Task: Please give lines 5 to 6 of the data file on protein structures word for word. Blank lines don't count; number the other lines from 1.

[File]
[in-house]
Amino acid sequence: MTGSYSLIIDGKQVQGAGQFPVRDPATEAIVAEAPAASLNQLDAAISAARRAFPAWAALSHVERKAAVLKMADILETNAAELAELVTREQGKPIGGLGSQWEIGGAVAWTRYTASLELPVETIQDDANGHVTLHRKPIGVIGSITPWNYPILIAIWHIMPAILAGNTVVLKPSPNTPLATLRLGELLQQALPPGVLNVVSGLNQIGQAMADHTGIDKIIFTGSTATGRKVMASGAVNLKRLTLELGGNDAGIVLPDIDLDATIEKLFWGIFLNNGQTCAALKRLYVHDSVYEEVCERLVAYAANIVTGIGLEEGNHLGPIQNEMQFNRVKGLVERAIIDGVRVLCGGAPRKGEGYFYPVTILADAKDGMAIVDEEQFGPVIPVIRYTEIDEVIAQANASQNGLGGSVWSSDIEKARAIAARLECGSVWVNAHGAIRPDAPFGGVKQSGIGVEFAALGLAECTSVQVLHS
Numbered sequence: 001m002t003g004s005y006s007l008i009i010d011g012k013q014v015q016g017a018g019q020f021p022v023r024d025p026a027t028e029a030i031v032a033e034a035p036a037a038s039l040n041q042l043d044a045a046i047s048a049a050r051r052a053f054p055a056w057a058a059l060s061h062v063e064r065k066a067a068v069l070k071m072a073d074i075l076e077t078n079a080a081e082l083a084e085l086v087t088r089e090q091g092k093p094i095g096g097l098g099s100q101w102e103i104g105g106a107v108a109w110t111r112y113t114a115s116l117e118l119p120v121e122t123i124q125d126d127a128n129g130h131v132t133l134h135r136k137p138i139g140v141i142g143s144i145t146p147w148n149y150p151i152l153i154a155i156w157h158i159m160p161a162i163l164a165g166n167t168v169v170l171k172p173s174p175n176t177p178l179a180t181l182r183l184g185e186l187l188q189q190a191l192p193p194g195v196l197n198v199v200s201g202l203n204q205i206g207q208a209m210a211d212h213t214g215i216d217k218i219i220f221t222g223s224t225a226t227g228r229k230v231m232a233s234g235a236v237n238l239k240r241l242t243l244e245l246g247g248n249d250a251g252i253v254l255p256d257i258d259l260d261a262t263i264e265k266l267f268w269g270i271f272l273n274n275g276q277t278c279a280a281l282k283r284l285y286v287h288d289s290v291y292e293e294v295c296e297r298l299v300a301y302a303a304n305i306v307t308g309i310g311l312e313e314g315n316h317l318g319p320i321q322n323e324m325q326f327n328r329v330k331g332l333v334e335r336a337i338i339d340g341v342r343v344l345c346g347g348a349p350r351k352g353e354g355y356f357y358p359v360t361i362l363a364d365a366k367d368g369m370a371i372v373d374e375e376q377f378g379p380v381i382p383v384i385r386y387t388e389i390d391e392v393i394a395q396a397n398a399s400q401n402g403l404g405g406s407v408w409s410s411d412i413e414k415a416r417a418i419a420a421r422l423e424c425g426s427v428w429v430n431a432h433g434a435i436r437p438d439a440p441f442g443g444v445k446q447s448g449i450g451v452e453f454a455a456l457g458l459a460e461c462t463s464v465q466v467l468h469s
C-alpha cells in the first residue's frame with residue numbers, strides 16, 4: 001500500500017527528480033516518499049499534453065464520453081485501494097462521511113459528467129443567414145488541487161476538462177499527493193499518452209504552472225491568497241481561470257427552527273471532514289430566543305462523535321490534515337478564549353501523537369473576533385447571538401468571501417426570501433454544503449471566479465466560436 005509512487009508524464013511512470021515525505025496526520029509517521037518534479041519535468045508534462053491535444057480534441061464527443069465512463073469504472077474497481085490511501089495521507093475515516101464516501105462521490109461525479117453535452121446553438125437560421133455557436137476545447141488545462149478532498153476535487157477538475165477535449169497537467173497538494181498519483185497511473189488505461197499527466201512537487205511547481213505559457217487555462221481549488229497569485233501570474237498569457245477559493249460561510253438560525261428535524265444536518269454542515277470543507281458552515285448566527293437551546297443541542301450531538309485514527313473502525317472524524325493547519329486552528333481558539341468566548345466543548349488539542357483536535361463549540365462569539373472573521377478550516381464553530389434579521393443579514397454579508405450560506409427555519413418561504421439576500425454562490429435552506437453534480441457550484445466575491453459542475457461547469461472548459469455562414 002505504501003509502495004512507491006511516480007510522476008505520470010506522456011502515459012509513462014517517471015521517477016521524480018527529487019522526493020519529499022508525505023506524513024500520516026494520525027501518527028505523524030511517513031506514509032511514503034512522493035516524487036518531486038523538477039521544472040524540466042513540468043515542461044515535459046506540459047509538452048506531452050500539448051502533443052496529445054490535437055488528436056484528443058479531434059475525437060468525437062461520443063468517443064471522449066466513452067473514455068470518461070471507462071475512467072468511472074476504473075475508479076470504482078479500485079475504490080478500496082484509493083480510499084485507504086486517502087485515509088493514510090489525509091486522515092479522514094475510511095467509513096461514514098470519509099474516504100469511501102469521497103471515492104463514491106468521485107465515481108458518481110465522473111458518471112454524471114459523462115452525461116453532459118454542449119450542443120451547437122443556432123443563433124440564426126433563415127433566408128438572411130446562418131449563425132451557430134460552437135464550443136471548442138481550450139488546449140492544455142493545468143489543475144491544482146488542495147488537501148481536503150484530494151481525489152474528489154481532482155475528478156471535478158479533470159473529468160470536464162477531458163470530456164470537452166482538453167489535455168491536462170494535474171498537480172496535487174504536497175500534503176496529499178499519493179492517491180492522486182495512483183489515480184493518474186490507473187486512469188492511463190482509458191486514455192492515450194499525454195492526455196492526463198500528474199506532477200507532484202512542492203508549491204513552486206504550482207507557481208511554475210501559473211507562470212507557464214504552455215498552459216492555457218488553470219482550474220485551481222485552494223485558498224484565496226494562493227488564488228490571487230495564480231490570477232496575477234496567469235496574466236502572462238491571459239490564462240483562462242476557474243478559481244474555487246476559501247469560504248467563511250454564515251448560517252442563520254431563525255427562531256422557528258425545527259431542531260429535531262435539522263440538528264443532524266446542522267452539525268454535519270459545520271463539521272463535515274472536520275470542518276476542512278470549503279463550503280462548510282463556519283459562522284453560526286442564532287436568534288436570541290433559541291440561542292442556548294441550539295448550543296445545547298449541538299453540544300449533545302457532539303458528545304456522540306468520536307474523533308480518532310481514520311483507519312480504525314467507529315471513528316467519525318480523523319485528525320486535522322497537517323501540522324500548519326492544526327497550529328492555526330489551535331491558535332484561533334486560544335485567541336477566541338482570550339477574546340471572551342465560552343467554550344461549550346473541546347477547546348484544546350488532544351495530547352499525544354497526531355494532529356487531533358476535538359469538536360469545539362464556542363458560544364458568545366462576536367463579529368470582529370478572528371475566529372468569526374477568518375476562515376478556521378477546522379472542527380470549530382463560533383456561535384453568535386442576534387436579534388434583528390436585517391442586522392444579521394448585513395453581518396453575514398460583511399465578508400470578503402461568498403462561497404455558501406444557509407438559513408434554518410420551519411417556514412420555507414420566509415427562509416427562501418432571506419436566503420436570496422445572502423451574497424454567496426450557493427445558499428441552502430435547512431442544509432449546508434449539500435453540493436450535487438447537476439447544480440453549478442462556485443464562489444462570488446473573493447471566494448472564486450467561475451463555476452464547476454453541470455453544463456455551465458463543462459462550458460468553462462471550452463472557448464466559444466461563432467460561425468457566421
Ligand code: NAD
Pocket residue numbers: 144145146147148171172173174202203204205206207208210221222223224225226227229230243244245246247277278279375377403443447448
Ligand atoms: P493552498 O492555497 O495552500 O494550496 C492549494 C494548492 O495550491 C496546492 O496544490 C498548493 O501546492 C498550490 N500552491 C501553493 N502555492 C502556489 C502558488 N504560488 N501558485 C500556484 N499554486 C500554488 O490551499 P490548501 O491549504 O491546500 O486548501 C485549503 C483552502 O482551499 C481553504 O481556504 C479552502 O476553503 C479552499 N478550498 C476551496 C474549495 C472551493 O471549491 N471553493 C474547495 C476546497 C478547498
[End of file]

Ligand code: NAD
Pocket residue numbers: 144145146147148171172173174202203204205206207208210221222223224225226227229230243244245246247277278279375377403443447448